gravity drains controlled by refuge managers. The water regime in the restored Kissimmee River will be constrained at the upstream and downstream ends by the need to control water levels in Lake Kissimmee and Lake Okeechobee, respectively. However, this control can be achieved by leaving gates at the lakes and relatively short lengths of the river channelized at the upper and lower ends. In between, the natural flood cycle and dynamic equilibrium will be restored (see case history, Appendix A).


Previous sections of this chapter have documented the types and extent of alteration and degradation of the nation's river-riparian ecosystems. Of the nation's total mileage of rivers and streams only 2 percent are high quality, free-flowing segments according to an analysis (Benke, 1990) of the 1982 Nationwide Rivers Inventory (NRI) (but see "Inadequate Information Base," below). According to American Rivers, a conservation organization, approximately 8 percent of the nation's river miles are of sufficient quality to be worthy of special designation and preservation, based on analysis of the NRI and compilation of lists provided by state agencies and conservation groups (Echeverria and Fosburgh, 1988). Only 58 stream segments in 39 states are in the hydrologic benchmark system set up by the U.S. Geological Survey (USGS) to represent streams little changed by man. The point is that 92 to 98 percent of the miles of rivers and streams in the United States are currently so altered that they do not fit legislative criteria for national rivers or wild and scenic rivers, or USGS criteria for a benchmark stream. Estimates of the total river miles in the United States range from 3,120,000 (NRI, as cited in Benke, 1990) to 3,200,000 (Leopold et al., 1964). Given the extent and economic value of water resource development in the United States, it is infeasible to restore 2,870,400 (92 percent of 3,120,000) to 3,136,000 miles (98 percent of 3,200,000) to a "close approximation of [the] condition prior to disturbance" (see Box 1.1).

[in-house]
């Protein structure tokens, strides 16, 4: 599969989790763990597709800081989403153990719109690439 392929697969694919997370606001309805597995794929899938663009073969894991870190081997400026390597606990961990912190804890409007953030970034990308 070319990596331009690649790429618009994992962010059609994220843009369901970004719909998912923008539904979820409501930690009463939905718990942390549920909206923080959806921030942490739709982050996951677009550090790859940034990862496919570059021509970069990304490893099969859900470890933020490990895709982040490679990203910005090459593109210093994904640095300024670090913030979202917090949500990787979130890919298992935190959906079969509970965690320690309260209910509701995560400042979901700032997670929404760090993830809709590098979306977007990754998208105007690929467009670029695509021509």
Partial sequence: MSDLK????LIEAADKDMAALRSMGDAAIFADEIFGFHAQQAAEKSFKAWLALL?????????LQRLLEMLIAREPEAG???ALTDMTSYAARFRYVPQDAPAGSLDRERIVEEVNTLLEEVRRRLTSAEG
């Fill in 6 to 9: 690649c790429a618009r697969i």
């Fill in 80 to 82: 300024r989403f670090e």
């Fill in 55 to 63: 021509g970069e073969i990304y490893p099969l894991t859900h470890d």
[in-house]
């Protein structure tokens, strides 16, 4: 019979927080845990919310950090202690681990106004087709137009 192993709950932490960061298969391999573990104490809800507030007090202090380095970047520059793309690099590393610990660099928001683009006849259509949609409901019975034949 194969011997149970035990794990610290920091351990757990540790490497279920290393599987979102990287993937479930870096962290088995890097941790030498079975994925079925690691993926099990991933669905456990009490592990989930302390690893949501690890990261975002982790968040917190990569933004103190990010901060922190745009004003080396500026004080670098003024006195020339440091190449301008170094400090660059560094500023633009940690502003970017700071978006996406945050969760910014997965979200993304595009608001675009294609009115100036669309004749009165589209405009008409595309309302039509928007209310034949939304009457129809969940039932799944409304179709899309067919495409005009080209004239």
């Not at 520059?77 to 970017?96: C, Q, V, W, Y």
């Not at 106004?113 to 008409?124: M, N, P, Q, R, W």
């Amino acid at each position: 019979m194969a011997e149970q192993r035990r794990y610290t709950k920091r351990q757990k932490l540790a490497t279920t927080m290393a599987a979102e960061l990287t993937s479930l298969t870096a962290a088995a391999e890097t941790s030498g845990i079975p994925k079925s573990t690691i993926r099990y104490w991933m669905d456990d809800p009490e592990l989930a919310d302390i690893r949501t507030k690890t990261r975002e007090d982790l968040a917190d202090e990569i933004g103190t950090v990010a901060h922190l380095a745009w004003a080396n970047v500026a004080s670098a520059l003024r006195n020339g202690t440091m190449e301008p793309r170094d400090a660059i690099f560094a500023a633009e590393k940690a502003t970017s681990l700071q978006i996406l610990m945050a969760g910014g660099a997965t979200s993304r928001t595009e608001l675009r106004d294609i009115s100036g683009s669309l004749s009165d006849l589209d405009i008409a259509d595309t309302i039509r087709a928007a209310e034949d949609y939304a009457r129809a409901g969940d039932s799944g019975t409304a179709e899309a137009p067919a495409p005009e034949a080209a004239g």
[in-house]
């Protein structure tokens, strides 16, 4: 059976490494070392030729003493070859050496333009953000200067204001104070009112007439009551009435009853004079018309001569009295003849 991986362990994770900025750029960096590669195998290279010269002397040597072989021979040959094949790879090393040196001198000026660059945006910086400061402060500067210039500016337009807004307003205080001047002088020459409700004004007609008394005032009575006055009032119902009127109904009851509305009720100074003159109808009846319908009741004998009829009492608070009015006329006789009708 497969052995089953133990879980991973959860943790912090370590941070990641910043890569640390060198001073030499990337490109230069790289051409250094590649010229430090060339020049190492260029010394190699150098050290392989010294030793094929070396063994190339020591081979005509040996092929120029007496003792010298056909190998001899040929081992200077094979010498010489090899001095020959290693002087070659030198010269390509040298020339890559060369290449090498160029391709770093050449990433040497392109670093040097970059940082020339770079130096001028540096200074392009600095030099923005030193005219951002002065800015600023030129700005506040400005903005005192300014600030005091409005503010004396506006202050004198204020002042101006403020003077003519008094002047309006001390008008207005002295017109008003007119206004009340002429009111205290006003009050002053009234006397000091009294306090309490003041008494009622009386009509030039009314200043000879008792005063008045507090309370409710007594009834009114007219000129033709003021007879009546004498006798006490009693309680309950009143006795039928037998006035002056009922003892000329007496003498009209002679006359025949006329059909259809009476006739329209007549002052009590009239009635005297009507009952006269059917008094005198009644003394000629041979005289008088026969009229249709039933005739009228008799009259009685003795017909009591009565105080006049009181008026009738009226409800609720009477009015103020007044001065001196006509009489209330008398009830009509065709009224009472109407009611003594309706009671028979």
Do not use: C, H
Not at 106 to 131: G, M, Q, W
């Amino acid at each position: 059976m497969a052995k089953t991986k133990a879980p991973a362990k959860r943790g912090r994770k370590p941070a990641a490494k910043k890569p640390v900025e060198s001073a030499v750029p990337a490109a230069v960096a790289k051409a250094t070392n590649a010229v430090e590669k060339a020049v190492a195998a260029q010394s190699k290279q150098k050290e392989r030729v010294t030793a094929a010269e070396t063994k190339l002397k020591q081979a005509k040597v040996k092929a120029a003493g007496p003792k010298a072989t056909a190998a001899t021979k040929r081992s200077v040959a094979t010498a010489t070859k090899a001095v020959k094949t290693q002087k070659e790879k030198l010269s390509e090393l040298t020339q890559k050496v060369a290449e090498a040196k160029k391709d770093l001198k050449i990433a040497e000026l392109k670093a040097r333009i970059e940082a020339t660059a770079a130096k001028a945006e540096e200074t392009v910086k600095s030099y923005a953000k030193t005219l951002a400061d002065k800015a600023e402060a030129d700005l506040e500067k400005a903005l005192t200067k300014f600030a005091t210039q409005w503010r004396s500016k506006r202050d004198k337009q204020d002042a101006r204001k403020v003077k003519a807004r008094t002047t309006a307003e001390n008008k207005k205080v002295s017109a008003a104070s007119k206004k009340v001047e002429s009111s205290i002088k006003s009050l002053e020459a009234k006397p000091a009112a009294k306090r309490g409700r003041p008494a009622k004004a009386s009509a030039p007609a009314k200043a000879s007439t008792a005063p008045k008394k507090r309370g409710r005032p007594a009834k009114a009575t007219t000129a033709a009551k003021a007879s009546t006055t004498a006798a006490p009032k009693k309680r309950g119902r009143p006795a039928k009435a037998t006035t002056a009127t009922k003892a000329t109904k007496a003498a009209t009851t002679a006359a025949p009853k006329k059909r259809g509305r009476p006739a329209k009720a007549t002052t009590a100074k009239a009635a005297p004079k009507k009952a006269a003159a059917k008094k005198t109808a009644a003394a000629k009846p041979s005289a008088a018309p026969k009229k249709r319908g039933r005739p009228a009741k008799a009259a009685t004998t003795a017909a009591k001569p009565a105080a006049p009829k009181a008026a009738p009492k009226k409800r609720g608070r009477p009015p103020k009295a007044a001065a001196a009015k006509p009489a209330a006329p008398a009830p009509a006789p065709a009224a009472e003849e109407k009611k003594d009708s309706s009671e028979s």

It does seem reasonable to set a target of restoring as many miles of river-riparian ecosystems as have been affected by point source pollution and urban runoff: 400,000 miles, or 12 percent of the total 3.2 million miles (U.S. EPA, 1990). This target is also commensurate with recommendations of the President's Commission on Americans Outdoors (1986) regarding the need for outdoor recreation and aesthetic environments. The goal should be to move fluvial ecosystems as many steps as possible from the negative side of the habitat quality index toward the positive side (through rehabilitation, creation, or full restoration).

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